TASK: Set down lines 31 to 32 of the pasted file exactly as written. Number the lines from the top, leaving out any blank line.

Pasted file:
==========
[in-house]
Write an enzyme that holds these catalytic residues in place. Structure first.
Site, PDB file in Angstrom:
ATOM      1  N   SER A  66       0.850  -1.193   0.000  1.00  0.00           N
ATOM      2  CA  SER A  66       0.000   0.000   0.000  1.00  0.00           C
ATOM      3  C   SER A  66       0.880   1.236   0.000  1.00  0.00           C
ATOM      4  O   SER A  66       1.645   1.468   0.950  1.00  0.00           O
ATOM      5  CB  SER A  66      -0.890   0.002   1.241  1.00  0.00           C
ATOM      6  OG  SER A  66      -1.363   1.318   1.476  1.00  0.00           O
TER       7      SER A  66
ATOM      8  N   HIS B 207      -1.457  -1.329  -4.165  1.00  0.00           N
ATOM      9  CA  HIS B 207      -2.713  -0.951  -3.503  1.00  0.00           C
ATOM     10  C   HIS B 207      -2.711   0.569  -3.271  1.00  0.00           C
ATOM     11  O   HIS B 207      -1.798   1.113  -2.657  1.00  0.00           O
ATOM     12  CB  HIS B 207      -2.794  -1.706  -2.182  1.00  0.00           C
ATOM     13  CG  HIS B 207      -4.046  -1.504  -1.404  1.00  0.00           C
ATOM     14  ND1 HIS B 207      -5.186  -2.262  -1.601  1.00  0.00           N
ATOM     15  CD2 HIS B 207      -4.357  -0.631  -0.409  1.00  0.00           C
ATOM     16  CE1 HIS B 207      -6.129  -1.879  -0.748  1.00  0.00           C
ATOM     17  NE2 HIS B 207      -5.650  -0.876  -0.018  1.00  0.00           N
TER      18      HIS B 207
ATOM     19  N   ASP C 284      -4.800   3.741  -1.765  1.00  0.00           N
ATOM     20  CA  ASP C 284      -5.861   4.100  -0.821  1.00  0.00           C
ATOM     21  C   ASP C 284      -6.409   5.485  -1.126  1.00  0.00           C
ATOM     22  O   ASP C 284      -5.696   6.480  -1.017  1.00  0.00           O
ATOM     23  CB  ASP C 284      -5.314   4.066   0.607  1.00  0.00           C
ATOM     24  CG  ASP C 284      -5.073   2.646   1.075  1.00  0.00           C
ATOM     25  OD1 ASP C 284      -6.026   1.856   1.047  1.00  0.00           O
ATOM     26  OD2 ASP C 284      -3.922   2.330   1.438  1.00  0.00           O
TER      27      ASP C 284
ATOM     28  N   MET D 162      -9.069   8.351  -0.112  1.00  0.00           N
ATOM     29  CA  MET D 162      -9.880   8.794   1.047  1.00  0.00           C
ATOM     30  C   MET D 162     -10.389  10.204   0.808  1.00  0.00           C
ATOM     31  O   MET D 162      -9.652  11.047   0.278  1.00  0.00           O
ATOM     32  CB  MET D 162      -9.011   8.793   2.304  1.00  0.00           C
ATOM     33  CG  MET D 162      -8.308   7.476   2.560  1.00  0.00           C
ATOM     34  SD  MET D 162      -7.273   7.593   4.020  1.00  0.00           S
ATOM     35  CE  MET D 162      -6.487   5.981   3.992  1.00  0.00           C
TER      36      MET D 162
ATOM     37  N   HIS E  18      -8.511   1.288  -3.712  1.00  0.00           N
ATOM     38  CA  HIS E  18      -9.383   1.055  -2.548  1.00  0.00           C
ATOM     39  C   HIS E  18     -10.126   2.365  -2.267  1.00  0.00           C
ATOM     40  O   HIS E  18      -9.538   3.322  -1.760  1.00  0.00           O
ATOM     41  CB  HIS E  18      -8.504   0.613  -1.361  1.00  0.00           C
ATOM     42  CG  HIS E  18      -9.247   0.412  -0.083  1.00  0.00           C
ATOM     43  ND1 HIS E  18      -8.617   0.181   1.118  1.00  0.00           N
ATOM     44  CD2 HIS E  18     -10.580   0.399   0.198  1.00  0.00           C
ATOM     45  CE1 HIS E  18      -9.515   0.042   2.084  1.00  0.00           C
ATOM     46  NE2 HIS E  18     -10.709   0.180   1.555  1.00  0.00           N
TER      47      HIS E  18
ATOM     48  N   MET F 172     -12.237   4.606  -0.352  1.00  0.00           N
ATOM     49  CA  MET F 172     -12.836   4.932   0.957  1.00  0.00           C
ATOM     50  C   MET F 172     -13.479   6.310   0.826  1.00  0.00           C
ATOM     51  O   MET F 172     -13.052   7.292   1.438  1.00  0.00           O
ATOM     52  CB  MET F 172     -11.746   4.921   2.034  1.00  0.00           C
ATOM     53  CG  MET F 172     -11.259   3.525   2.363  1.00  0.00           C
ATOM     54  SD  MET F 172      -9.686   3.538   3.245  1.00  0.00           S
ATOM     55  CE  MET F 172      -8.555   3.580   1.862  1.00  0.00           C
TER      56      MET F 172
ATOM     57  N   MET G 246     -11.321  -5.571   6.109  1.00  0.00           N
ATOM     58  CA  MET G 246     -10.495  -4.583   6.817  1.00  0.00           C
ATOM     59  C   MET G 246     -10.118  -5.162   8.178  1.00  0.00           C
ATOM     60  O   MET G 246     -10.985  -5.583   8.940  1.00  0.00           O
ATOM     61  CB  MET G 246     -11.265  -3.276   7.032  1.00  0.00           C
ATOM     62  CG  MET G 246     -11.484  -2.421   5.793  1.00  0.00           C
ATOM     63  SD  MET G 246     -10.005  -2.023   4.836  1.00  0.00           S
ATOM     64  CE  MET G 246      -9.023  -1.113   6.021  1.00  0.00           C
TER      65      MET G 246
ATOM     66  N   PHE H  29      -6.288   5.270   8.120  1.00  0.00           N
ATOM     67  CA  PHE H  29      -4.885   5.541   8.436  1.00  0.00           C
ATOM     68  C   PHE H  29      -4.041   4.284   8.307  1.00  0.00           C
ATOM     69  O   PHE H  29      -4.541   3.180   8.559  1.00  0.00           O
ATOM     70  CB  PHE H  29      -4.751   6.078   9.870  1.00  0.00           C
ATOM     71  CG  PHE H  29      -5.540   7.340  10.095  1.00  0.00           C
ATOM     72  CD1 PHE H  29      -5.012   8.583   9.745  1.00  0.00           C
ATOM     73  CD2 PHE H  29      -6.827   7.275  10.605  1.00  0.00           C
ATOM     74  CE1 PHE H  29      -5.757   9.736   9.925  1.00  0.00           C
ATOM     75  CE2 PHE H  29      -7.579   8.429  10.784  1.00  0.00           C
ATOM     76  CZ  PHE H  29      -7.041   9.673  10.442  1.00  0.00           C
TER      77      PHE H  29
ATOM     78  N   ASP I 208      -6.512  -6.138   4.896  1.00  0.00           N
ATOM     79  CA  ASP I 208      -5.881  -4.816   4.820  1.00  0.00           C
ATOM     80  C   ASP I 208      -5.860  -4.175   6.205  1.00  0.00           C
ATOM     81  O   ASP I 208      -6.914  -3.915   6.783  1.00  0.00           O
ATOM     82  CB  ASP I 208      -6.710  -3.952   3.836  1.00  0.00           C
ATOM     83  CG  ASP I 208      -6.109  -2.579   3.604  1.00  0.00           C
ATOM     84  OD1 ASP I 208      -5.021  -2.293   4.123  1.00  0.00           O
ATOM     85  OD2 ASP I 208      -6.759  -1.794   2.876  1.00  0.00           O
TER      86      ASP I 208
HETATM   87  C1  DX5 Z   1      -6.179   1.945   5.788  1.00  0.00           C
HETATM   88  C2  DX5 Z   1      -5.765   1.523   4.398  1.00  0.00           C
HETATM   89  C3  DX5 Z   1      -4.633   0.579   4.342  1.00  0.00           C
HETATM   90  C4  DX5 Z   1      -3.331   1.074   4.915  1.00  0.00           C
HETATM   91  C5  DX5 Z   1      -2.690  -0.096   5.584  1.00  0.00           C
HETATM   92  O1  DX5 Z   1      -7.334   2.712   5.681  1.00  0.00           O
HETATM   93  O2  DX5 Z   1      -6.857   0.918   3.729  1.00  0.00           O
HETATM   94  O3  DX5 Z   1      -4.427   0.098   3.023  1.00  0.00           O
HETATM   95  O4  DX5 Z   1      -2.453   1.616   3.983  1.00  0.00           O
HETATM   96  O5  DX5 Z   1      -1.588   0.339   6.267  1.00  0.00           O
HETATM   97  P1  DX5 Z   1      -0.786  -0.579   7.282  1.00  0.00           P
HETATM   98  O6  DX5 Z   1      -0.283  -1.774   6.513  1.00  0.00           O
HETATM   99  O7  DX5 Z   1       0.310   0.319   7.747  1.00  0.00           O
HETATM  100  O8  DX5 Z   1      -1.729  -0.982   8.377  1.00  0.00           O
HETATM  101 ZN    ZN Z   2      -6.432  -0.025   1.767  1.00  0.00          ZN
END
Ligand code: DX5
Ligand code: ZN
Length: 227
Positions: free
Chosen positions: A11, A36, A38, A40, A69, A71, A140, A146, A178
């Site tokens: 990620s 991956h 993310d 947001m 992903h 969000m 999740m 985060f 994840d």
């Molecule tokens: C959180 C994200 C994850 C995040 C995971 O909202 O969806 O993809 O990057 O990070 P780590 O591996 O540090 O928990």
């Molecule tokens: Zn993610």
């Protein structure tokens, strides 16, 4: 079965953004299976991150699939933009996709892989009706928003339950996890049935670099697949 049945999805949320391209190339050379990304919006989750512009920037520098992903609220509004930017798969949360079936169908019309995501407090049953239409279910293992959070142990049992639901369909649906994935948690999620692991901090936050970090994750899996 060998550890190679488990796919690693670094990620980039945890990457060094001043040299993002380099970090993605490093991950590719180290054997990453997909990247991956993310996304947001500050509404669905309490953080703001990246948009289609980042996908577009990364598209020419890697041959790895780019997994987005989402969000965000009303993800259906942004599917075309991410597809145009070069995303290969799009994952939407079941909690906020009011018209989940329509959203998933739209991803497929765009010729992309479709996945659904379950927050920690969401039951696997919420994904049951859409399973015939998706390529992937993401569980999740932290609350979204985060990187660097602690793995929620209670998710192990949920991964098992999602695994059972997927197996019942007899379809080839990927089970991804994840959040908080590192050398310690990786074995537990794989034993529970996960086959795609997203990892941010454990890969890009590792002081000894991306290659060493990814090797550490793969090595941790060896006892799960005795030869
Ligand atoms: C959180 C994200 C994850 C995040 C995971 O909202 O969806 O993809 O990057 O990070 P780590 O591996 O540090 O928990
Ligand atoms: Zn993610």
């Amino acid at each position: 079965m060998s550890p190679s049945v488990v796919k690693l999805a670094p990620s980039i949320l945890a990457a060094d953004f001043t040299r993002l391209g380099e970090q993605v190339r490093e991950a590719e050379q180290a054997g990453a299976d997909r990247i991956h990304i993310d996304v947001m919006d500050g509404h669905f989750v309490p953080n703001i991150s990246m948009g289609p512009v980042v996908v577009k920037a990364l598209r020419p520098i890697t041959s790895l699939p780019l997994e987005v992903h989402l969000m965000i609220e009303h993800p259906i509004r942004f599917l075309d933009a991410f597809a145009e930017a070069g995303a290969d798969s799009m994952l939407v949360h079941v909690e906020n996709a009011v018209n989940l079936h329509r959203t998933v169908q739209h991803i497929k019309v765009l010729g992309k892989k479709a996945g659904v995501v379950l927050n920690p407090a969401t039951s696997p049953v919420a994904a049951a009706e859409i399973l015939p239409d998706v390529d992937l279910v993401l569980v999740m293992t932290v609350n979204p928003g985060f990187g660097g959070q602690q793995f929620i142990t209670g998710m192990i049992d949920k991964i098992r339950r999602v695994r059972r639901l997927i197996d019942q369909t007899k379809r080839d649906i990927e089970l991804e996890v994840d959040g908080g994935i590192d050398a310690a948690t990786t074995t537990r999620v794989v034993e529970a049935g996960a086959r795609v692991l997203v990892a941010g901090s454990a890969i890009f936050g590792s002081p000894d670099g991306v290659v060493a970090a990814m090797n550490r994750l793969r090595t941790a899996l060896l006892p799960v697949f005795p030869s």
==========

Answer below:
ATOM     28  N   MET D 162      -9.069   8.351  -0.112  1.00  0.00           N
ATOM     29  CA  MET D 162      -9.880   8.794   1.047  1.00  0.00           C